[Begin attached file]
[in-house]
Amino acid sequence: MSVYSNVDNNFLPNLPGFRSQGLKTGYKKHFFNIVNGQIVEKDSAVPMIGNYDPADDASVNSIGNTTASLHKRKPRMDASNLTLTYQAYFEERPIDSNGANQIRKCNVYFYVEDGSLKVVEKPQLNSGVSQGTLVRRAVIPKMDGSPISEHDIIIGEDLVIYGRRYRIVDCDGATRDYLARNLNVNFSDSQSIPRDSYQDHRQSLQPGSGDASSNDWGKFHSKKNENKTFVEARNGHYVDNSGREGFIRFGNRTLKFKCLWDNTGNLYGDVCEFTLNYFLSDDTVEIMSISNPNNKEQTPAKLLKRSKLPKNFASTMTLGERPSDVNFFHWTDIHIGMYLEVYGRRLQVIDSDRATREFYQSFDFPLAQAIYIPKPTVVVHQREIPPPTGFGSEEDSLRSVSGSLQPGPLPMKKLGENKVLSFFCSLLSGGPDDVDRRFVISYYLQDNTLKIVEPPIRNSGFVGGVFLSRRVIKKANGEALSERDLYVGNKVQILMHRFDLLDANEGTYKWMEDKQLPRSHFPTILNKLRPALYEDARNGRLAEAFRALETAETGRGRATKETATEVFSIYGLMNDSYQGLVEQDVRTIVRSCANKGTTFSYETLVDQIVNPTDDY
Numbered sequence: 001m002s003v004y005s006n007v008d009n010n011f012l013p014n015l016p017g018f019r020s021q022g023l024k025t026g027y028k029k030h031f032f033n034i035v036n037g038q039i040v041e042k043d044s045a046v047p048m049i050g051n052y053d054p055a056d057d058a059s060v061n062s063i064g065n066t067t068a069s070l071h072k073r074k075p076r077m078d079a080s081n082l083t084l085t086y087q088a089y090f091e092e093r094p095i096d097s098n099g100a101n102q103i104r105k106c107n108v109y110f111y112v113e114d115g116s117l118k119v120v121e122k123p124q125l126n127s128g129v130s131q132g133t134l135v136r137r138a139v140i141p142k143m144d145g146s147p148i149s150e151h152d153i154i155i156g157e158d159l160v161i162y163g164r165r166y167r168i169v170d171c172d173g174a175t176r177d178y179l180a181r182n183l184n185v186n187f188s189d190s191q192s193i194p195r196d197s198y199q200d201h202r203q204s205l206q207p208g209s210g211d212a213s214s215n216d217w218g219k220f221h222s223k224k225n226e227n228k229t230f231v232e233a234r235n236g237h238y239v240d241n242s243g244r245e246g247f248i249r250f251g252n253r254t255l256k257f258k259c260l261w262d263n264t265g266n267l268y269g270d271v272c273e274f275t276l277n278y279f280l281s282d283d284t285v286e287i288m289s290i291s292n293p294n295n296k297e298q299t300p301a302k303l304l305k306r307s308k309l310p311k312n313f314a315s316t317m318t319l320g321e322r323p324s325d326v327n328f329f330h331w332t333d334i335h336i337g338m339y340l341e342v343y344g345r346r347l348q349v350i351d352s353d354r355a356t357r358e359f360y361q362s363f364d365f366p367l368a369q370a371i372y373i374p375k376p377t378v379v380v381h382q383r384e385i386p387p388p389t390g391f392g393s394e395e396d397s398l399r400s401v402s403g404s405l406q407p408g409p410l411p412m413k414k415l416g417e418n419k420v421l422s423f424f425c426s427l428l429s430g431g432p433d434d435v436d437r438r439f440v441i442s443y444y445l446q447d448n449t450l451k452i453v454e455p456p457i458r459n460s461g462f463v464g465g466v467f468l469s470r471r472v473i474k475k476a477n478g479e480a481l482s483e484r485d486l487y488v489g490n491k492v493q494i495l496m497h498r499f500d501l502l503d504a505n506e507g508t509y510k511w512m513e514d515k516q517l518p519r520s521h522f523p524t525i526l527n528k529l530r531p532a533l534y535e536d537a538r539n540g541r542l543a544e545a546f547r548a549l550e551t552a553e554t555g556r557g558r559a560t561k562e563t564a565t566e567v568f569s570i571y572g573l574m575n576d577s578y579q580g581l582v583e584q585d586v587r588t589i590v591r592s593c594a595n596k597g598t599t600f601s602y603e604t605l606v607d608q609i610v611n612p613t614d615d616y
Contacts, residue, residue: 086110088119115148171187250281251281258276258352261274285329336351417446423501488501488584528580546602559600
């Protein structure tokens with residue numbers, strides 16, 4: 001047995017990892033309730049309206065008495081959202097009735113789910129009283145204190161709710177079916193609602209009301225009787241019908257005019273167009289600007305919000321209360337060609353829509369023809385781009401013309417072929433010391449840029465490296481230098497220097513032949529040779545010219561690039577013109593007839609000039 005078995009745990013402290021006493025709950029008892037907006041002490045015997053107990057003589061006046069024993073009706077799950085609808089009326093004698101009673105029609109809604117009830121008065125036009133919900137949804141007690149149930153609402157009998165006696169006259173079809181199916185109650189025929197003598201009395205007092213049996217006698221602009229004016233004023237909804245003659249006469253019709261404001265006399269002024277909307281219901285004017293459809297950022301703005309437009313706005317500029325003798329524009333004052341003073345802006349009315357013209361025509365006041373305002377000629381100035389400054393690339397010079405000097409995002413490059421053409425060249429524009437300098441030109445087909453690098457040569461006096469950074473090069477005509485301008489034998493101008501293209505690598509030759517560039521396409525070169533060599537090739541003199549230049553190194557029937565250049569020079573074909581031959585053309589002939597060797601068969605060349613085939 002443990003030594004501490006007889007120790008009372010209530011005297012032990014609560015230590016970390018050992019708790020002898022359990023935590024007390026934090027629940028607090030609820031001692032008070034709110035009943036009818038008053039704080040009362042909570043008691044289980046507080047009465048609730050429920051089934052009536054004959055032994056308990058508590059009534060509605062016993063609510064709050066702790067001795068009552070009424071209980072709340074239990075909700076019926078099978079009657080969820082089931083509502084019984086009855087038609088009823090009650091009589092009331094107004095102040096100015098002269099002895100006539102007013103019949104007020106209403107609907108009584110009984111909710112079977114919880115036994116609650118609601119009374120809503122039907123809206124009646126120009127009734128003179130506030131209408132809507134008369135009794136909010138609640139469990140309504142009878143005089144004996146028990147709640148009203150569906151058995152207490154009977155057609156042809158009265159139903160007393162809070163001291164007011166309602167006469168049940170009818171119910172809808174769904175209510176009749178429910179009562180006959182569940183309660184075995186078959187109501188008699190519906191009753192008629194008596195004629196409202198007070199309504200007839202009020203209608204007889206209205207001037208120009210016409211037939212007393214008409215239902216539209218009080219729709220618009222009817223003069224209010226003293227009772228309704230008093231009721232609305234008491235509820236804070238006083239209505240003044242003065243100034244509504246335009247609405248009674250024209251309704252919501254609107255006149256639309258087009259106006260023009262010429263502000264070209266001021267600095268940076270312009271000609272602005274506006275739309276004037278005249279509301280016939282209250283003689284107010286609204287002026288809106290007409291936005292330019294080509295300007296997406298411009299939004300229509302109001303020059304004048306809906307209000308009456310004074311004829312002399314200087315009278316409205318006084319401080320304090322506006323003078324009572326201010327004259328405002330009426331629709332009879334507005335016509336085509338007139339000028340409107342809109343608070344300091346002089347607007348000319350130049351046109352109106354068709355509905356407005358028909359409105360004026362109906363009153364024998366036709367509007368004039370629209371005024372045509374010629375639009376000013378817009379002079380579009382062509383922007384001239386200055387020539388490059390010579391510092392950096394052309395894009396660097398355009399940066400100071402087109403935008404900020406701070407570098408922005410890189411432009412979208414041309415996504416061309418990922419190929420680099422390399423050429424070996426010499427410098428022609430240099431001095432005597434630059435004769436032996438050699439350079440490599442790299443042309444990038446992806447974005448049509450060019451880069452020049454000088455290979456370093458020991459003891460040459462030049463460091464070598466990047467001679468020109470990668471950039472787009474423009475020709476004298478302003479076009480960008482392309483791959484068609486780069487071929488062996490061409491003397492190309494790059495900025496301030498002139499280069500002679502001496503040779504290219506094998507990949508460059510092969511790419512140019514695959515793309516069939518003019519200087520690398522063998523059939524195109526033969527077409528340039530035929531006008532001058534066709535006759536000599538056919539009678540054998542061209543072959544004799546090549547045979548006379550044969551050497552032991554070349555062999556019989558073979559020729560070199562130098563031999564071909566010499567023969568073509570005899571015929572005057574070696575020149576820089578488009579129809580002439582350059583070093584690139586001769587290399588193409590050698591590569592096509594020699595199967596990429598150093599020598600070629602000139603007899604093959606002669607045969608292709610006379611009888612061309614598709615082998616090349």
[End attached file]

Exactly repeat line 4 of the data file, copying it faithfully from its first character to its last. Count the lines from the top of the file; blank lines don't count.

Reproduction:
Contacts, residue, residue: 086110088119115148171187250281251281258276258352261274285329336351417446423501488501488584528580546602559600